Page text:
Press Release April 13, 2020

New online resource for COVID-19 researchers

MGI website offers comprehensive information on coronavirus-related mouse models and research

Mouse Genome Informatics, the international database resource for the laboratory mouse based at The Jackson Laboratory (JAX), now offers a special, annotated information site about mice and genes relevant to coronavirus research.

The MGI Coronavirus Information Center was set up to support worldwide efforts in the scientific community to find safe and effective treatments for COVID-19 and other coronaviruses.

covid-19
This transmission electron microscope image shows virus particles of SARS-CoV-2 emerging from the surface of cells from a COVID-19 patient that were cultured in the lab. The spikes on the periphery of the virus particles give coronaviruses their name (Latin derivation; corona=crown). Photo Credit: NIAID-RML

“There has already been a lot of mouse-based research to study coronavirus biology and pathology in the past two decades,” says JAX Professor Carol Bult, a Carol Bult, Ph.D.Bridges the digital biology divide, by integrating computation and informatics with biomedical research.principal investigator in the MGI consortium, “for both the MERS and SARS strains. But for researchers now studying SARS-CoV2, the COVID-19-causative virus, it can be difficult to find information on all the relevant mouse models and how they’ve been used in the past.”

The new resource, Bult says, “is an annotated collection of expertly curated data from MGI on coronavirus relevant mouse models and genes.” Moreover, she says, researchers don’t have to be expert MGI users, “because we've compiled the information, summarized the findings, and made links to further details and to the source publications. We will update the site regularly as new studies are published.”

The site presents news media reports as well as the latest scientific updates.

To take advantage of past research that has uncovered genes associated with coronavirus susceptibility and disease in humans — and that are thus potentially good therapeutic targets for COVID-19 — researchers need to identify which mouse models best represent those genes. The MGI Coronavirus Information Center provides information on specific mouse strains, as well as genetically varied mouse populations such as the Collaborative Cross.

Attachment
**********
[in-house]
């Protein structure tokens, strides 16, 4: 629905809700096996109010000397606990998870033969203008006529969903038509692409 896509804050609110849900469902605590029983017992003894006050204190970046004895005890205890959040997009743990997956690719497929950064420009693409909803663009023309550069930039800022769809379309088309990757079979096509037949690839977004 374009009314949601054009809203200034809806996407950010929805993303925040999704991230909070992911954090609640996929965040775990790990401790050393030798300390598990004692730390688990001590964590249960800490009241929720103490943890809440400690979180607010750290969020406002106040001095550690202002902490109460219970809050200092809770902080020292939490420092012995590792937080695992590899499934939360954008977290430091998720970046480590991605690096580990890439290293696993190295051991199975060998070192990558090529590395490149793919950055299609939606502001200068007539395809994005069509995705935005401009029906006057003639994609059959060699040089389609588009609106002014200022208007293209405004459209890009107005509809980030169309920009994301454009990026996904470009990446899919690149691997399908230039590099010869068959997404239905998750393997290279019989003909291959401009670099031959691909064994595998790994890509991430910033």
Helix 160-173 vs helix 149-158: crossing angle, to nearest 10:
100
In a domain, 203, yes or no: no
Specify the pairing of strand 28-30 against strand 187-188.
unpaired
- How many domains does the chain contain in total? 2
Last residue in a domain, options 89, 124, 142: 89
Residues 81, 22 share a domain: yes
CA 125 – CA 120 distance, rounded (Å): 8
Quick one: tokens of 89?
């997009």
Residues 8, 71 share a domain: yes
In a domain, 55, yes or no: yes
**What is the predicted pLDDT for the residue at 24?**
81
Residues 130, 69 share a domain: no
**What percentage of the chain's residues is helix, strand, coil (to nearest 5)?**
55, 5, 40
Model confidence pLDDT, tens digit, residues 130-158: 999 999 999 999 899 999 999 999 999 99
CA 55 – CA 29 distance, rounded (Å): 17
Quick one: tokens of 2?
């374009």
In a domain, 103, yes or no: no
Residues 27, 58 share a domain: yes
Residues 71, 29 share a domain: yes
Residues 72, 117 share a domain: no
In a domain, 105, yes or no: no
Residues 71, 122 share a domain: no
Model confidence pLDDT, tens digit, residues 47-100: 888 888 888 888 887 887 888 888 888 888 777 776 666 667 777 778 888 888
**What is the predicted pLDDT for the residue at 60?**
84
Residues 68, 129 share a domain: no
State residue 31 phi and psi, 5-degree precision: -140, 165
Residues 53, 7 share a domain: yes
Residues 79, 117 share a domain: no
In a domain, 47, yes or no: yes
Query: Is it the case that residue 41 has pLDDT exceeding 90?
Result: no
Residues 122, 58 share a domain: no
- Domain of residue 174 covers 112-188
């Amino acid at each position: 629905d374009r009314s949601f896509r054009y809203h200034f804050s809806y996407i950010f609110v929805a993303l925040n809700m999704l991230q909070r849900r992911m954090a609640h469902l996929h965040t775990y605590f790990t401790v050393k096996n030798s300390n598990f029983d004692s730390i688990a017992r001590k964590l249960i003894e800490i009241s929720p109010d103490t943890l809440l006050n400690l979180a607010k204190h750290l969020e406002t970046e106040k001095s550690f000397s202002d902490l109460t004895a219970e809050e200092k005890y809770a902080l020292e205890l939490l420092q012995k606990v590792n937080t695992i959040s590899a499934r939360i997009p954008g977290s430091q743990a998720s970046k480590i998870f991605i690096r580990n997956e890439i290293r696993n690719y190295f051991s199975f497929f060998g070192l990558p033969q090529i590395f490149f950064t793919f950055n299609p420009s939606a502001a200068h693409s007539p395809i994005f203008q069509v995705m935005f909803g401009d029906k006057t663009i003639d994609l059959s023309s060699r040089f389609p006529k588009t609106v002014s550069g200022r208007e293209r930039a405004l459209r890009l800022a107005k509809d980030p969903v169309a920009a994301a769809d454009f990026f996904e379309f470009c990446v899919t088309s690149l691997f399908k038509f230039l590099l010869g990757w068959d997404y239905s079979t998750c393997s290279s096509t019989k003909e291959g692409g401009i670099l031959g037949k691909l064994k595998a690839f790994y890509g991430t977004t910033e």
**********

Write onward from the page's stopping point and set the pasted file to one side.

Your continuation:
“Several cool studies have been done in Collaborative Cross mice that identified novel genes that influence susceptibility to coronavirus infection and disease responses,” Bult says. “These genes haven't been validated in humans yet, so the results of these studies suggest new avenues for investigating the genetics of host response to coronaviruses and potential target genes and pathways for treatments.”

To date, the most promising mouse model for SARS-CoV2 is the  hACE2 transgenic mouse model for coronavirus (COVID-19) researchCommonly used wild-type mouse strains are not optimal for studying infections of the newly discovered coronavirus. Fortunately, a transgenic model at JAX is now available to fill the unmet need for an in vivo experimental platform for COVID-19 research.K18-hACE2 transgenic mouse, for which JAX is currently  Expediting COVID-19 researchThe Jackson Laboratory is fast-tracking the breeding and distribution of a unique transgenic mouse model for worldwide coronavirus research.expediting production for scientists around the world. “This mouse model has not yet been validated,” she notes, “but as research studies using it are published, we will incorporate them into our resource.”

The new resource, Bult says, is in keeping with MGI’s long-standing mission to curate the biomedical literature so that it’s more accessible, consistent and easy to search. “MGI has served as a unique community genome database, linking genotypes to phenotypes for more than 30 years.

“The special MGI COVID-19 mouse research resource leverages the work our team has devoted to integrating genetic and genomic data about mouse models of human biology. It is our way of contributing to the response of the biomedical research community to this unprecedented crisis.”